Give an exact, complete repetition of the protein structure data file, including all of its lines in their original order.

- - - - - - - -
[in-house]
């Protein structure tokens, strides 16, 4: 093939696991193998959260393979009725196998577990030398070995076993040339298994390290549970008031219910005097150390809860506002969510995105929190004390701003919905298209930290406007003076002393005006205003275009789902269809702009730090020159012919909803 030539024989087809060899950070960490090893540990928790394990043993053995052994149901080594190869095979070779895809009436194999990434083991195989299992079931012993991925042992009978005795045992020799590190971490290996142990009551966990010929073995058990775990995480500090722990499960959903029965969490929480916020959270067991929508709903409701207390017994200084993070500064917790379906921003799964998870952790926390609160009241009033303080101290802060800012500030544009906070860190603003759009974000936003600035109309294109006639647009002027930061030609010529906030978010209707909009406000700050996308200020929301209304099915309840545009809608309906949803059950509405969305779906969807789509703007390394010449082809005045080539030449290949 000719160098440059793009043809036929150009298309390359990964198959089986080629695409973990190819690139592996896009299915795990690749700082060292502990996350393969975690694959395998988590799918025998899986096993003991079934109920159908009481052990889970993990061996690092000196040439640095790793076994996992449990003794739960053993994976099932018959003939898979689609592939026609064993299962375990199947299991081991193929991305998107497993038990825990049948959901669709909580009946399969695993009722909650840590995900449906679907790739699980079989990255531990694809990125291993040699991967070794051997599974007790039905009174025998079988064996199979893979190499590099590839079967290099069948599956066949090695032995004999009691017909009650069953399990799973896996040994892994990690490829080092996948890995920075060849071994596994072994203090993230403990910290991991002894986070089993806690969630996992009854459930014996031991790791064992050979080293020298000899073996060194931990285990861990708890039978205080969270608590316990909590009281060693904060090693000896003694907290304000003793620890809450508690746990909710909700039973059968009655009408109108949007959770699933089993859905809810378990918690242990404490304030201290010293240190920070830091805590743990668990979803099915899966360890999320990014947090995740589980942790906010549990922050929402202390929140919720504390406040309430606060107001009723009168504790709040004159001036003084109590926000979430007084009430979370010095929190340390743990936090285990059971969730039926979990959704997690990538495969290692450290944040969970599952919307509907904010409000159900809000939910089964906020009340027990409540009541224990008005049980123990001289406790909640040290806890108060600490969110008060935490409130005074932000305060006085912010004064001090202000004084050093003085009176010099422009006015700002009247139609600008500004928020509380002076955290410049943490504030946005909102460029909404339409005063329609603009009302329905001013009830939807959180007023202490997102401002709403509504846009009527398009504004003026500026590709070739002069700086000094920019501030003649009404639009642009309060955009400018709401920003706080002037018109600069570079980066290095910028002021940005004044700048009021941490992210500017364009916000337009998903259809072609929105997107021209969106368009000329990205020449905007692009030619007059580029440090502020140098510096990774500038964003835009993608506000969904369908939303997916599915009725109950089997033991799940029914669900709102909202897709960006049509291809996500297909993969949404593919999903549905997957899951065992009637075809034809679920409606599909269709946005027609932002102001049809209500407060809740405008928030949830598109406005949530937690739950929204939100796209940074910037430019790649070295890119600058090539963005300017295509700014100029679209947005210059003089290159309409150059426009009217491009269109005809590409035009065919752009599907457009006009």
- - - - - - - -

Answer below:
[in-house]
């Protein structure tokens, strides 16, 4: 093939696991193998959260393979009725196998577990030398070995076993040339298994390290549970008031219910005097150390809860506002969510995105929190004390701003919905298209930290406007003076002393005006205003275009789902269809702009730090020159012919909803 030539024989087809060899950070960490090893540990928790394990043993053995052994149901080594190869095979070779895809009436194999990434083991195989299992079931012993991925042992009978005795045992020799590190971490290996142990009551966990010929073995058990775990995480500090722990499960959903029965969490929480916020959270067991929508709903409701207390017994200084993070500064917790379906921003799964998870952790926390609160009241009033303080101290802060800012500030544009906070860190603003759009974000936003600035109309294109006639647009002027930061030609010529906030978010209707909009406000700050996308200020929301209304099915309840545009809608309906949803059950509405969305779906969807789509703007390394010449082809005045080539030449290949 000719160098440059793009043809036929150009298309390359990964198959089986080629695409973990190819690139592996896009299915795990690749700082060292502990996350393969975690694959395998988590799918025998899986096993003991079934109920159908009481052990889970993990061996690092000196040439640095790793076994996992449990003794739960053993994976099932018959003939898979689609592939026609064993299962375990199947299991081991193929991305998107497993038990825990049948959901669709909580009946399969695993009722909650840590995900449906679907790739699980079989990255531990694809990125291993040699991967070794051997599974007790039905009174025998079988064996199979893979190499590099590839079967290099069948599956066949090695032995004999009691017909009650069953399990799973896996040994892994990690490829080092996948890995920075060849071994596994072994203090993230403990910290991991002894986070089993806690969630996992009854459930014996031991790791064992050979080293020298000899073996060194931990285990861990708890039978205080969270608590316990909590009281060693904060090693000896003694907290304000003793620890809450508690746990909710909700039973059968009655009408109108949007959770699933089993859905809810378990918690242990404490304030201290010293240190920070830091805590743990668990979803099915899966360890999320990014947090995740589980942790906010549990922050929402202390929140919720504390406040309430606060107001009723009168504790709040004159001036003084109590926000979430007084009430979370010095929190340390743990936090285990059971969730039926979990959704997690990538495969290692450290944040969970599952919307509907904010409000159900809000939910089964906020009340027990409540009541224990008005049980123990001289406790909640040290806890108060600490969110008060935490409130005074932000305060006085912010004064001090202000004084050093003085009176010099422009006015700002009247139609600008500004928020509380002076955290410049943490504030946005909102460029909404339409005063329609603009009302329905001013009830939807959180007023202490997102401002709403509504846009009527398009504004003026500026590709070739002069700086000094920019501030003649009404639009642009309060955009400018709401920003706080002037018109600069570079980066290095910028002021940005004044700048009021941490992210500017364009916000337009998903259809072609929105997107021209969106368009000329990205020449905007692009030619007059580029440090502020140098510096990774500038964003835009993608506000969904369908939303997916599915009725109950089997033991799940029914669900709102909202897709960006049509291809996500297909993969949404593919999903549905997957899951065992009637075809034809679920409606599909269709946005027609932002102001049809209500407060809740405008928030949830598109406005949530937690739950929204939100796209940074910037430019790649070295890119600058090539963005300017295509700014100029679209947005210059003089290159309409150059426009009217491009269109005809590409035009065919752009599907457009006009």